Godzilla for Valentines

For Valentine’s Day, my wife and I bought the two-DVD set of the 1954 movie Gojira and the 1956 movie Godzilla, King of the Monsters. For those who don’t know, Gojira was the first movie to star the giant dinosaur-like creature that has terrorized Tokyo for over five decades. In 1956, an American distributor shot footage of Raymond Burr and edited the footage around some of the Japanese sequences and released the movie in the United States.

Both versions of the movie tell more or less the same story. Boats at sea mysteriously disappear. A scientific team is sent to a nearby island to investigate. While there, Gojira or Godzilla makes his first appearance. (The difference in the names has to do with the way the Japanese letters are rendered into English.) The scientists deduce that Godzilla is a creature from the age of the dinosaurs that was awakened by the atomic bomb attacks on Japan. Still hungry, Godzilla heads for Tokyo and rampages through the city. Realizing they must use extreme measures, a scientist is persuaded to use a terrible weapon to destroy Godzilla.

The Japanese version is a rather poignant movie exploring the on-going pain associated with the American attacks on Hiroshima and Nagasaki. The story of a love triangle is nicely interwoven around the monster story and adds to the overall emotional impact of the movie.

We decided to watch the American version first. Although it’s shorter than the original and is dominated by Raymond Burr’s scenes, the message of the original still managed to come through, at least somewhat. Even though the message of the original did come through, it was clear that the message was muted for American audiences. To me, it felt less like censorship and more like making a movie that would be more palatable to American audiences in the mid-1950s. I was surprised how little of the American version is dubbed. Instead, Burr is used to interpret the Japanese for the audience.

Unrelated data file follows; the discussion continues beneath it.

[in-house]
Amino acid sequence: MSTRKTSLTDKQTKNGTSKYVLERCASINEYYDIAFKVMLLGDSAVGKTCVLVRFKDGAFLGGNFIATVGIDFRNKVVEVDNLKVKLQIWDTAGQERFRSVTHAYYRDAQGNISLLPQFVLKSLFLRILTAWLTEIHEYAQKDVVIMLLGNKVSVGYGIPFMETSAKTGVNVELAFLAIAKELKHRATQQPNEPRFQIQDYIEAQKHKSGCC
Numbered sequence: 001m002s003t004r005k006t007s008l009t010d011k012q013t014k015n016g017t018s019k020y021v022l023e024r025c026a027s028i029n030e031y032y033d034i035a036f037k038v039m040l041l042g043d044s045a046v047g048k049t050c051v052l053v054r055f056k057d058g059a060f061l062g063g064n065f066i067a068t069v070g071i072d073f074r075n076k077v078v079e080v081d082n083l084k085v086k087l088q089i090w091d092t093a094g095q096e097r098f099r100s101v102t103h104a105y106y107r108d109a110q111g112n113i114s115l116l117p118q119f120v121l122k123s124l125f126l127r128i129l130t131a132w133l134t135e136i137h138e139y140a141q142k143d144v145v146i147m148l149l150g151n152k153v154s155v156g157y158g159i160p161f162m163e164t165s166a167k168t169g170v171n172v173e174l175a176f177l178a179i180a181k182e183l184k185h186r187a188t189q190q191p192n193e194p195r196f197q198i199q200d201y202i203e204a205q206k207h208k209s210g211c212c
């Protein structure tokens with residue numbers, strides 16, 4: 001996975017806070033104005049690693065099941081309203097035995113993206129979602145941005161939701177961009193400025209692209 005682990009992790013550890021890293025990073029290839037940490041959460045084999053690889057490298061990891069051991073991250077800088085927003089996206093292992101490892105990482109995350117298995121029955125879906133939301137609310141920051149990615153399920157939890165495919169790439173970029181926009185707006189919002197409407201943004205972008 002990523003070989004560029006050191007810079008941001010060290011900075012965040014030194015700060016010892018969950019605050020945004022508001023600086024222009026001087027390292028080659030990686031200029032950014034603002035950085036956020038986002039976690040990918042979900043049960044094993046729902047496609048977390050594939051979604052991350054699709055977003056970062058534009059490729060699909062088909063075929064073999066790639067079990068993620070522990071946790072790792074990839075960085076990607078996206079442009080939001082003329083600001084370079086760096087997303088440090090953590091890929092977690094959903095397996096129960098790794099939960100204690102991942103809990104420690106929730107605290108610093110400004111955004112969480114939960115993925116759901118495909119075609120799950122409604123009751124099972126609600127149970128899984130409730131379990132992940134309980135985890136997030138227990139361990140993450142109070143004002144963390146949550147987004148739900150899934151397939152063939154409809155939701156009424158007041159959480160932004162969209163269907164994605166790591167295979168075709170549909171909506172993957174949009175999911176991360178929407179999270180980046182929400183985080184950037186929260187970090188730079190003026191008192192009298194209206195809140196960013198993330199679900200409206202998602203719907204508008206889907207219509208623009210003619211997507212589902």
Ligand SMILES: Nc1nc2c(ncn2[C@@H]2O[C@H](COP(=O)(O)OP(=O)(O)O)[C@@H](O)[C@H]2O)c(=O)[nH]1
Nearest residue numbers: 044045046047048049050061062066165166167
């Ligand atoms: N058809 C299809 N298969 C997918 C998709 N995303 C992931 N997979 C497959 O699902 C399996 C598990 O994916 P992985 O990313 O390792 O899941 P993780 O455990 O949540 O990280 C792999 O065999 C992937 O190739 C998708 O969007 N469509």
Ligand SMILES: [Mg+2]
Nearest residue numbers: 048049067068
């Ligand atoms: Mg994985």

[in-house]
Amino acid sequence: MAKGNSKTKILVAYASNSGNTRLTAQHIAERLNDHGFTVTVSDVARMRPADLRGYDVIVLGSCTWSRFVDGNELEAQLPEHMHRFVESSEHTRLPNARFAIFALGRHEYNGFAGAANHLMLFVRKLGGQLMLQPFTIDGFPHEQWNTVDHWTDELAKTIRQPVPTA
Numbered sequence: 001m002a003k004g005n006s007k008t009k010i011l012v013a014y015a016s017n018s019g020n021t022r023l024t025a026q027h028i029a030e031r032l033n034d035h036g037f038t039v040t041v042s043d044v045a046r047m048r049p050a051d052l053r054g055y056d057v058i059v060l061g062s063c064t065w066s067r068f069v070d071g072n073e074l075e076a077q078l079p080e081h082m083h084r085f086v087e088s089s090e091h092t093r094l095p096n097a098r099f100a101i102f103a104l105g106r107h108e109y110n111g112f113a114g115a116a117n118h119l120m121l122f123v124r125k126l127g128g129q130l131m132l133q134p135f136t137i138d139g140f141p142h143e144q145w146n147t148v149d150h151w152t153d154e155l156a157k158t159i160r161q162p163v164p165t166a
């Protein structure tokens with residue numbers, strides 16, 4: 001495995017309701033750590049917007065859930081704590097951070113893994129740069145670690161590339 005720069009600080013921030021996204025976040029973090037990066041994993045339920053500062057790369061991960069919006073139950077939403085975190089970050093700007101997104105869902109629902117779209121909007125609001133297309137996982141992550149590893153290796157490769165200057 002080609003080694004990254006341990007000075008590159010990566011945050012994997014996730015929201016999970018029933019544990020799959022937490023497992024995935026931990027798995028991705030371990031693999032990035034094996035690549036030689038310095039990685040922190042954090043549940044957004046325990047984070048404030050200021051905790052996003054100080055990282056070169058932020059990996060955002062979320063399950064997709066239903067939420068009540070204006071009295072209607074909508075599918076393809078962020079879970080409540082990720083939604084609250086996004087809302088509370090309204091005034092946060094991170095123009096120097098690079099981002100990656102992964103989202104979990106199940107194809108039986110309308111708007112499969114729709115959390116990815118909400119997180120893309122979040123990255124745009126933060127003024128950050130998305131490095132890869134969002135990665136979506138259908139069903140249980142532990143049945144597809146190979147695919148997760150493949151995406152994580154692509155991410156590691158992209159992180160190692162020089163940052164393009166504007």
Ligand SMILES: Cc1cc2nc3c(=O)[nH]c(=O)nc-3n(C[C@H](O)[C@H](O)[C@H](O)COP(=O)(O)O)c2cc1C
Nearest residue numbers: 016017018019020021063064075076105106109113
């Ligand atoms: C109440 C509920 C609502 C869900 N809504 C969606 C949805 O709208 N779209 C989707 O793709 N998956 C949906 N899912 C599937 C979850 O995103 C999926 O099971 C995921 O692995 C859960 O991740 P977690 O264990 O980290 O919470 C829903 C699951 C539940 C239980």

I highly recommend getting the two-DVD set with both versions of the movie. I found it interesting to compare the two versions. The American version was nostalgic for me while the Japanese version was eye-opening. Unfortunately, when Sony released Gojira on Blu-Ray, it appears that they only released the Japanese version, but not the American version.

As someone who writes and edits horror, I wanted to point out one scene in the Japanese Gojira that really haunts me. While the monster is rampaging through Tokyo, there is a scene of a mother hugging her children close. We gather the monster is nearby. She tells her children they will soon be with their father, who is presumably dead. The movie cuts back to the monster and we never see the mother or the children again. To me, this scene really gets to the essence of horror. It’s filled with dread and despair. However, there is not one drop of blood spilled. For all we know, the mother and the children escaped. Still, that scene haunts me more than scenes in many American horror films. Gojira nicely demonstrates that the best horror is more about exploring such emotions as dread, dismay and fear, and less about violence or gore.


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